Ja Rule during The Fast And The Furious Premiere at Mann Village Theater in Westwood, California, United States. (Photo by Ron Galella/WireImage)
Ja Rule during 2001 MTV Video Music Awards - Show Rehearsal at The Metropolitan Opera House at Lincoln Center in New York City, New York, United States. (Photo by KMazur/WireImage)
Ja Rule during 2001 MTV Video Music Awards - Arrivals at The Metropolitan Opera House at Lincoln Center in New York City, New York, United States. (Photo by Theo Wargo/WireImage)
Jennifer Lopez & Ja Rule (Photo by Kevin Kane/WireImage)
Gwen Stefani and Ja Rule during Super Bowl XXXVI - CBS's Friday Night Super Bowl Bash - Backstage at New Orleans Arena in New Orleans, Louisiana, United States. (Photo by KMazur/WireImage)
Ja Rule arrives at the 29th Annual American Music Awards at the Shrine Auditorium in Los Angeles Wednesdsay, January 9, 2002. Photo by Frank Micelotta/ABC/ImageDirect
Ja Rule (Photo by KMazur/WireImage)
Ja Rule & Ashanti during World Music Awards 2002 - Ja Rule & Ashanti Press Conference at Hotel de Paris in Monte-Carlo, Monaco. (Photo by Tony Barson/WireImage)
Backstage At Party In The Park, Hyde Park, London, Britain - 07 Jul 2002, Ja Rule (Photo by Brian Rasic/Getty Images)
Ja Rule at the Pasadena Civic Auditorium in Pasadena, California (Photo by Gregg DeGuire/WireImage)
NEW YORK - APRIL 8: Music stars Ashanti poses with Ja Rule at the 2004 'Do Something' Brick Awards on April 8, 2004 at the Metropolitan Pavillion, in New York City. (Photo by Scott Eells/Getty Images)
Aisha Atkins and Ja Rule during The Day After Tomorrow New York Premiere - Arrivals at American Museum of Natural History in New York City, New York, United States. (Photo by Jim Spellman/WireImage)
NEW YORK - JULY 1: Rapper Ja Rule leaves the Criminal Courthouse after being released on bail after getting arrested early this morning in possession of marijuana and driving on a suspended license on July 1, 2004 in New York City. (Photo Thos Robinson/Getty Images)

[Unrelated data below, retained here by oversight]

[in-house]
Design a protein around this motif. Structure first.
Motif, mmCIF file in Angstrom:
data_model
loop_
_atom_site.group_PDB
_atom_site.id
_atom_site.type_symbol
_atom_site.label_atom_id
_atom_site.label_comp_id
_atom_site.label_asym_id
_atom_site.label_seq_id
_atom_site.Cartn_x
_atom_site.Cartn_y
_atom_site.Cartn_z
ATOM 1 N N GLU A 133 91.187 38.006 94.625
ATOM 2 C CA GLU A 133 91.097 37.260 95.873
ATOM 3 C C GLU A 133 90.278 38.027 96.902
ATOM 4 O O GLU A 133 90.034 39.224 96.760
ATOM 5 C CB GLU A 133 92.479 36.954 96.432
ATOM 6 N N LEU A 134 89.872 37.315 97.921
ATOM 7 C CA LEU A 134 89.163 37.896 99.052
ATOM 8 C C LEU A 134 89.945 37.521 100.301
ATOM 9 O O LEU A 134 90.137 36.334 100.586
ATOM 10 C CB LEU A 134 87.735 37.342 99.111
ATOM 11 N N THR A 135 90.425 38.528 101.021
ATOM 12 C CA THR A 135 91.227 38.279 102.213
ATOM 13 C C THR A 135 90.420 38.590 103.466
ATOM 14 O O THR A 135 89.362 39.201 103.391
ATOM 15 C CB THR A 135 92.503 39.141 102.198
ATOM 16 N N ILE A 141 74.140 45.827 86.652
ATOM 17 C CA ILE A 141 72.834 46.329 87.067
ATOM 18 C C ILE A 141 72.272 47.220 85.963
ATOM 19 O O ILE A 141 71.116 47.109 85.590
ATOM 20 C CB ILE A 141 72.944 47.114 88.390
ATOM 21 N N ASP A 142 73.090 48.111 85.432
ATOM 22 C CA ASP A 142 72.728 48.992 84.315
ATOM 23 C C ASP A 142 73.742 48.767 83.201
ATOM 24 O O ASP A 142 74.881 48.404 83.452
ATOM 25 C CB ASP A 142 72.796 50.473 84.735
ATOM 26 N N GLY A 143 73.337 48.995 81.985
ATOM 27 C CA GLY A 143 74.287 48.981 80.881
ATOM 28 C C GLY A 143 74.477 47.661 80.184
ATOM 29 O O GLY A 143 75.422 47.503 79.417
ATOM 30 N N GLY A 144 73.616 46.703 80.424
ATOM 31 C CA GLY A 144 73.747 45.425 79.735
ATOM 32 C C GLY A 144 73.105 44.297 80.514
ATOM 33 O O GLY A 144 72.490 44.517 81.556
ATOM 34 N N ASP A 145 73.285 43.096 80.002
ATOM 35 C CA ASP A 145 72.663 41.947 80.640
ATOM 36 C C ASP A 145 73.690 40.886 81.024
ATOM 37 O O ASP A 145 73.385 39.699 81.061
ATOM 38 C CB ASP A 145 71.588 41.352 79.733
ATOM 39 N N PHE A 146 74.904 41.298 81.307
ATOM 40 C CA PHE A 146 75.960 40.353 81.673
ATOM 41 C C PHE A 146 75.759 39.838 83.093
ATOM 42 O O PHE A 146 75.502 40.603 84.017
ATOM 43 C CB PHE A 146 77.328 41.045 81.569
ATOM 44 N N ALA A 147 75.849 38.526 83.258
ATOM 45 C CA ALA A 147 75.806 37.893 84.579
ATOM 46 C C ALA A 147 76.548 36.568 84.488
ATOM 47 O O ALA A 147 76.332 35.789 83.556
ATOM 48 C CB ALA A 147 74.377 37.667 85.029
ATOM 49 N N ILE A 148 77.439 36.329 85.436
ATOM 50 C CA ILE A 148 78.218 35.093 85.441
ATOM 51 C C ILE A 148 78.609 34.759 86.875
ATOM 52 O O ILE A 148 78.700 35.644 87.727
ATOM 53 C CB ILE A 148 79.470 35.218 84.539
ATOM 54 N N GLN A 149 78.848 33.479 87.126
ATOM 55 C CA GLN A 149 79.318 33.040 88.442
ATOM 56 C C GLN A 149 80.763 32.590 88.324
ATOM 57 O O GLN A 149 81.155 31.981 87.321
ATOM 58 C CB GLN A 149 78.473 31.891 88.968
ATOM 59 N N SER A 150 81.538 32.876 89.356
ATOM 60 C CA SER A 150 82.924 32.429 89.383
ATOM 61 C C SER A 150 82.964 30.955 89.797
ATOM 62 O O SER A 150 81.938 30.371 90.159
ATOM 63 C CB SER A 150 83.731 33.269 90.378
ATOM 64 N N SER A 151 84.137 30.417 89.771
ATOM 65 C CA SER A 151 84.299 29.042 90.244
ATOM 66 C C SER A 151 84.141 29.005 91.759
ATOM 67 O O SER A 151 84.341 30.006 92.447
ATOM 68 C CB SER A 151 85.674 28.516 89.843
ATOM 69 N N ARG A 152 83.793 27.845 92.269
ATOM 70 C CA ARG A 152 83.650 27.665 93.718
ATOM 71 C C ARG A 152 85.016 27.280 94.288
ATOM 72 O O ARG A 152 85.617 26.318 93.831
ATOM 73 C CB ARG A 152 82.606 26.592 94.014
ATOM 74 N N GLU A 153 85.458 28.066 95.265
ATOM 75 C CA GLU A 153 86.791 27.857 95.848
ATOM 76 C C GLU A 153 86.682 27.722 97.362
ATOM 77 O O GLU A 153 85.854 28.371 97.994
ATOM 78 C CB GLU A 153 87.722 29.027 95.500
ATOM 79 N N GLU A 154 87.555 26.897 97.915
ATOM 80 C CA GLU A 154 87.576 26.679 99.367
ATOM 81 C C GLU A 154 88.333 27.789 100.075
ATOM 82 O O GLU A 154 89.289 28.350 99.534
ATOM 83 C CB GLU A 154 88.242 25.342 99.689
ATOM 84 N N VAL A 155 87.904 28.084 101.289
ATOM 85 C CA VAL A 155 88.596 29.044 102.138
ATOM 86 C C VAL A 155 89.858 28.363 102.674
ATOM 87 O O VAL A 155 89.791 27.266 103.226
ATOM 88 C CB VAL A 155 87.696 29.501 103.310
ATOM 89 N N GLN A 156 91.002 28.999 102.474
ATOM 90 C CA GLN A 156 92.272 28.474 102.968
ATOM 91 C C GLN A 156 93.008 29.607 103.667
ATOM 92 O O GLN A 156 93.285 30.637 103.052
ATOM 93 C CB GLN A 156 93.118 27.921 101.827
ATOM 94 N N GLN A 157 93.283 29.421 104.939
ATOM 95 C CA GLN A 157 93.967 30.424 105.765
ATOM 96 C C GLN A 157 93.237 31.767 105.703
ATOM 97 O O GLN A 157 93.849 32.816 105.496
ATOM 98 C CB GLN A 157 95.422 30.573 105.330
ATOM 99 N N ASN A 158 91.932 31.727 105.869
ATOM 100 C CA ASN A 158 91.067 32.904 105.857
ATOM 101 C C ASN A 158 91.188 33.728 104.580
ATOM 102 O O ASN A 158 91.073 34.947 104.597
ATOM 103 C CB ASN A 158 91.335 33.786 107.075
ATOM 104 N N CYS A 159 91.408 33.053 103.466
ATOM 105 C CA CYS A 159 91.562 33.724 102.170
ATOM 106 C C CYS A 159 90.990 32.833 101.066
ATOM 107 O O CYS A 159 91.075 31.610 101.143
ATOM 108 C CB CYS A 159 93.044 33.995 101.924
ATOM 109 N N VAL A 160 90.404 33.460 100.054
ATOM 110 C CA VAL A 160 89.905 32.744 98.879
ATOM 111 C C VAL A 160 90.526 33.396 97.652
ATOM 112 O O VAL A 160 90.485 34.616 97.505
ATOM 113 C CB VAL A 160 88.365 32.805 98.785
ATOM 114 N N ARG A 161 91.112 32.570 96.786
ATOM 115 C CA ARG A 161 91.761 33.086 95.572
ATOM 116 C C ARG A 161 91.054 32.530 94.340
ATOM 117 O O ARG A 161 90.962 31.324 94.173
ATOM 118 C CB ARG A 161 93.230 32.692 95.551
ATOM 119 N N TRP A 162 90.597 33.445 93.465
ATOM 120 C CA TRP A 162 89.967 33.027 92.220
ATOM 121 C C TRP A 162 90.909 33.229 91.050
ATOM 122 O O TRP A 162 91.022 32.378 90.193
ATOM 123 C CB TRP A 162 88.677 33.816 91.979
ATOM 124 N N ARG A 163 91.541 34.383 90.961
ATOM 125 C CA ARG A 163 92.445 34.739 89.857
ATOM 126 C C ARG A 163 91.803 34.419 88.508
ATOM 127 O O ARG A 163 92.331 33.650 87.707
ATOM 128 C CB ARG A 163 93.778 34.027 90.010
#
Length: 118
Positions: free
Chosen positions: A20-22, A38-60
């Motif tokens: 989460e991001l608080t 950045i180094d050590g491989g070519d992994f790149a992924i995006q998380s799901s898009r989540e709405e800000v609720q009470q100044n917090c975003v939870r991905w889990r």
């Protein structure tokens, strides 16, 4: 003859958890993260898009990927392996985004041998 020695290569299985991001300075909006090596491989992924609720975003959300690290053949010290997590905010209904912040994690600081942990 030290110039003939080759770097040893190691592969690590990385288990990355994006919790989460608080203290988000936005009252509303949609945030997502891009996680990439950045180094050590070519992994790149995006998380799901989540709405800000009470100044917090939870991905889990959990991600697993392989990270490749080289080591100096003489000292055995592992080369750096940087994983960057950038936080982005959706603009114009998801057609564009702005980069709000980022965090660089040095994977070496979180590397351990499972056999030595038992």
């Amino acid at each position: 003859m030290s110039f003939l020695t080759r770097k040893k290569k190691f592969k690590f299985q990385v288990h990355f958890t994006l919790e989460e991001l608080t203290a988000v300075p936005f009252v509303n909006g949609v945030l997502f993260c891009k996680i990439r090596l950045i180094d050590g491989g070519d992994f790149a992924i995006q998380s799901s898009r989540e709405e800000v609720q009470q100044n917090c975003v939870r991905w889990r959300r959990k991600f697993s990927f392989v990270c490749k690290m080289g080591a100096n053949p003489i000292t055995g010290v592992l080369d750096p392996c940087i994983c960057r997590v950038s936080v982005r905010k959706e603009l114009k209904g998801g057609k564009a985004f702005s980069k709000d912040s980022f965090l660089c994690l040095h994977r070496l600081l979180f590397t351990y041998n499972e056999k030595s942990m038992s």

Ja Rule, Ashanti and Irv Gotti during 40/40 Club Celebrates One Year Anniversary at 40/40 Club in New York City, New York, United States. (Photo by Carley Margolis/FilmMagic)
UNITED STATES - NOVEMBER 23: Ashanti is flanked by Ja Rule and Kenny Chesny before their concert at Crobar, on W. 28th St. (Photo by Richard Corkery/NY Daily News Archive via Getty Images)
NEW YORK - FEBRUARY 09: Rapper Ja Rule attends the Launch of Patricia Field for the House of Rocawear party during Olympus Fashion Week February 9, 2005 in New York City. (Photo by Donald Bowers/Getty Images)
Ja Rule with son and Paris Hilton during Celebrities Attend Miami Heat vs. New York Knicks Game - February 9, 2005 at Madison Square Garden in New York City, New York, United States. (Photo by James Devaney/WireImage)
Ja Rule during Olympus Fashion Week Fall 2005 - Sweetface by Jennifer Lopez and Andy Hilfiger - After Party at Ruby Falls in New York City, New York, United States. (Photo by Shareif Ziyadat/FilmMagic)
SYDNEY, NSW - MARCH 3: Rapper Ja Rule performs on stage at the inaugural MTV Australia Video Music Awards at Luna Park on March 3, 2005 in Sydney, Australia. (Photo by Kristian Dowling/Getty Images)
SYDNEY, NSW - MARCH 3: Rappers Nitty and Ja Rule on stage at the inaugural MTV Australia Video Music Awards at Luna Park on March 3, 2005 in Sydney, Australia. (Photo by Kristian Dowling/Getty Images)
SYDNEY, NSW - MARCH 03: Ja Rule arrives at the after party for the inaugural MTV Australia Video Music Awards at Luna Park on March 3, 2005 in Sydney, Australia. (Photo by Kristian Dowling/Getty Images)